Climate Litigation

updated September 2016

The plodding performance of UN climate negotiations, together with the fragility of principles of equity and fairness laid down in the 1992 UN Framework Convention on Climate Change, has provoked a growing number of independent actions to remedy the injustice of climate change through litigation.

These actions can be divided between those that seek redress through national laws protecting the rights of citizens and those that work within recognised frameworks of international law governing human rights or the environment. The International Court of Justice and the International Criminal Court have also been invoked in the cause of climate reparations.

The most eye-catching example of litigation at national level is the action coordinated by Our Children’s Trust in the US against the federal government. A group of 21 youngsters under the age of twenty argues that failure to reduce the combustion of fossil fuels violates their constitutional rights to life, liberty and property. At a district court hearing in Oregon, the first of many legal hoops that must be negotiated, the judge ruled in favour of the action.

A similar civil society challenge to the inadequacy of government action in Europe has enjoyed dramatic success. Although the case is pending appeal, the Dutch government has been forced to ratchet up its target for emissions reduction after a 2015 lawsuit filed by the Urgenda Foundation was upheld. The judge ruled that “the State must do more to avert the imminent danger caused by climate change.”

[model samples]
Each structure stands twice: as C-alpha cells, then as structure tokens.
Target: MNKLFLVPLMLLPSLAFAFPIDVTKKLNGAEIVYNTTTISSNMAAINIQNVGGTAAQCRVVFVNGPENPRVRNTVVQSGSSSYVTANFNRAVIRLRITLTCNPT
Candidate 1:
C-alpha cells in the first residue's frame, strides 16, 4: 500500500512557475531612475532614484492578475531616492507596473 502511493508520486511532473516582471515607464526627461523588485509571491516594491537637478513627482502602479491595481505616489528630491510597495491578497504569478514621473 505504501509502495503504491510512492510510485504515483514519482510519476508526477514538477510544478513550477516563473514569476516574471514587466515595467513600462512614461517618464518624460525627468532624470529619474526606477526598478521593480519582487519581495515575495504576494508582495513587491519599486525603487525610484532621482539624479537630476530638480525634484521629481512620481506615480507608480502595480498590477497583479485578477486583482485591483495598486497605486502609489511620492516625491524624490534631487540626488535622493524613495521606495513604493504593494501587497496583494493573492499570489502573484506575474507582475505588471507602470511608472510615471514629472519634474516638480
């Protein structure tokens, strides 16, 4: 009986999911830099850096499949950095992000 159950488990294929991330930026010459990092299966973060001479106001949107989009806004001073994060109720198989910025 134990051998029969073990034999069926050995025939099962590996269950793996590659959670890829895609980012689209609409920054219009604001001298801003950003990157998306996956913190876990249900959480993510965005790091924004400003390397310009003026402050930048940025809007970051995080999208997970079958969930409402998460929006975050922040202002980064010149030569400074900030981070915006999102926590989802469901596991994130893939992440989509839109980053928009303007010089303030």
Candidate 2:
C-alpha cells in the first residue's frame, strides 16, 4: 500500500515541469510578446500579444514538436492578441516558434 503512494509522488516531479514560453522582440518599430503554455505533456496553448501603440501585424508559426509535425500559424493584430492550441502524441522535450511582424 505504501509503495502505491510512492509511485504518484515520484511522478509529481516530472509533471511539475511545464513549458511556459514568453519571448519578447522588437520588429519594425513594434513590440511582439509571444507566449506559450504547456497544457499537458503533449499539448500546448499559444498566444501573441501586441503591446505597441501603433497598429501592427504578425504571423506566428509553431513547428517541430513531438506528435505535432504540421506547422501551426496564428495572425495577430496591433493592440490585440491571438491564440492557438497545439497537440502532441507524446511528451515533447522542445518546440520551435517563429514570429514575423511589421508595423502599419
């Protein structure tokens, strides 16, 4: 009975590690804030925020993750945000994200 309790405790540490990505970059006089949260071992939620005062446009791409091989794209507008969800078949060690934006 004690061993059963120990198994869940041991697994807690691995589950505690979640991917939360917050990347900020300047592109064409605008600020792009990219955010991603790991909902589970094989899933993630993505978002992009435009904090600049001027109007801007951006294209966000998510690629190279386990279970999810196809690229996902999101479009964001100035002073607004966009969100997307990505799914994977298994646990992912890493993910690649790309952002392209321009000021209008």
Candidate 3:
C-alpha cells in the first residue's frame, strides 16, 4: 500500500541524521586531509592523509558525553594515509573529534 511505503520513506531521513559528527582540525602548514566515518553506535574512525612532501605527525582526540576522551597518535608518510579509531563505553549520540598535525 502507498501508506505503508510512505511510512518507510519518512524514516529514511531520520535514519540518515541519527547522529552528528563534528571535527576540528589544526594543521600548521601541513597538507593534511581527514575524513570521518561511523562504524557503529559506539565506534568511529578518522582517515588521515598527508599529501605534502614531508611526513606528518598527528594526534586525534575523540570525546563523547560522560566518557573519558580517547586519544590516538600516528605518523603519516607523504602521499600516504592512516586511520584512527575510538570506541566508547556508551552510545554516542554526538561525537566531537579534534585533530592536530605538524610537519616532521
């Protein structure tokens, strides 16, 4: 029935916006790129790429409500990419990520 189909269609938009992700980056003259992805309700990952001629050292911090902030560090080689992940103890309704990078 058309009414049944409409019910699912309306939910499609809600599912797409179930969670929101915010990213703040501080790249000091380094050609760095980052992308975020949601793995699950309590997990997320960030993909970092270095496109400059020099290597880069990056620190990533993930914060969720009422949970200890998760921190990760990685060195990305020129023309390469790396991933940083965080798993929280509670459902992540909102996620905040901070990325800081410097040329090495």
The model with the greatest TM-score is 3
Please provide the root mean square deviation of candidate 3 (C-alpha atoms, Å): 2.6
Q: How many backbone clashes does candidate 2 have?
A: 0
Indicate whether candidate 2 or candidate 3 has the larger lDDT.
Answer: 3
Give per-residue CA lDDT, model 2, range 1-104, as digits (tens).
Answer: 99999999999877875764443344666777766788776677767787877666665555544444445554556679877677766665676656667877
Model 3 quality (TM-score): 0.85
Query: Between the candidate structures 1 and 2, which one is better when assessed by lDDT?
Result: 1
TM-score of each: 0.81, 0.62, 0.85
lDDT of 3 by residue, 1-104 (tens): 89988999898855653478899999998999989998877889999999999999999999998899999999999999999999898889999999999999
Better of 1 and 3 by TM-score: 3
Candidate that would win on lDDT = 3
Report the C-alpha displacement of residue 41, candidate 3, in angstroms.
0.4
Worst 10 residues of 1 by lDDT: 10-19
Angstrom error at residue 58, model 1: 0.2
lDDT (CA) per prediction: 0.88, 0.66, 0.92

The slow fuse of potential litigation against Exxon Mobil and other US oil majors for their role in climate denial has finally been lit. In November 2015 New York State Attorney General Eric Schneiderman issued a subpoena to Exxon demanding documents relating to the full history of the company’s understanding of the science of global warming.

This action has since mushroomed when Schneiderman announced that an alliance of 17 state attorney generals would investigate fossil fuel companies under their jurisdiction. Their efforts will focus on whether the corporations have been “committing fraud in an effort to maximize their short-term profit at the expense of the people we represent.” Activity around the Twitter hashtag #Exxonknew confirms the depth of public interest in the case.

Influential human rights advocates such as Mary Robinson, former UN High Commissioner for Human Rights, and Olivier De Schutter, former UN Special Rapporteur on the Right to Food, have led a movement which argues that climate change is undermining individual rights to food, water and health.

Enforcement of international human rights law is pursued more by disclosure and peer pressure than by set piece court actions. A potential landmark example has been triggered by a petition by Greenpeace to the Philippines Commission on Human Rights. The Commission has responded by challenging 47 international corporations to answer the case that their emissions jeopardize fundamental rights of Philippine citizens to “life, food, water, sanitation, adequate housing.” After hearings which must be attended by company officials, the Commission will make recommendations to the government.

The UN’s Human Rights Council has lent support to rights-based actions through a formal resolution in 2015 that “the adverse effects of climate change have a range of implications, both direct and indirect, for the effective enjoyment of human rights.”

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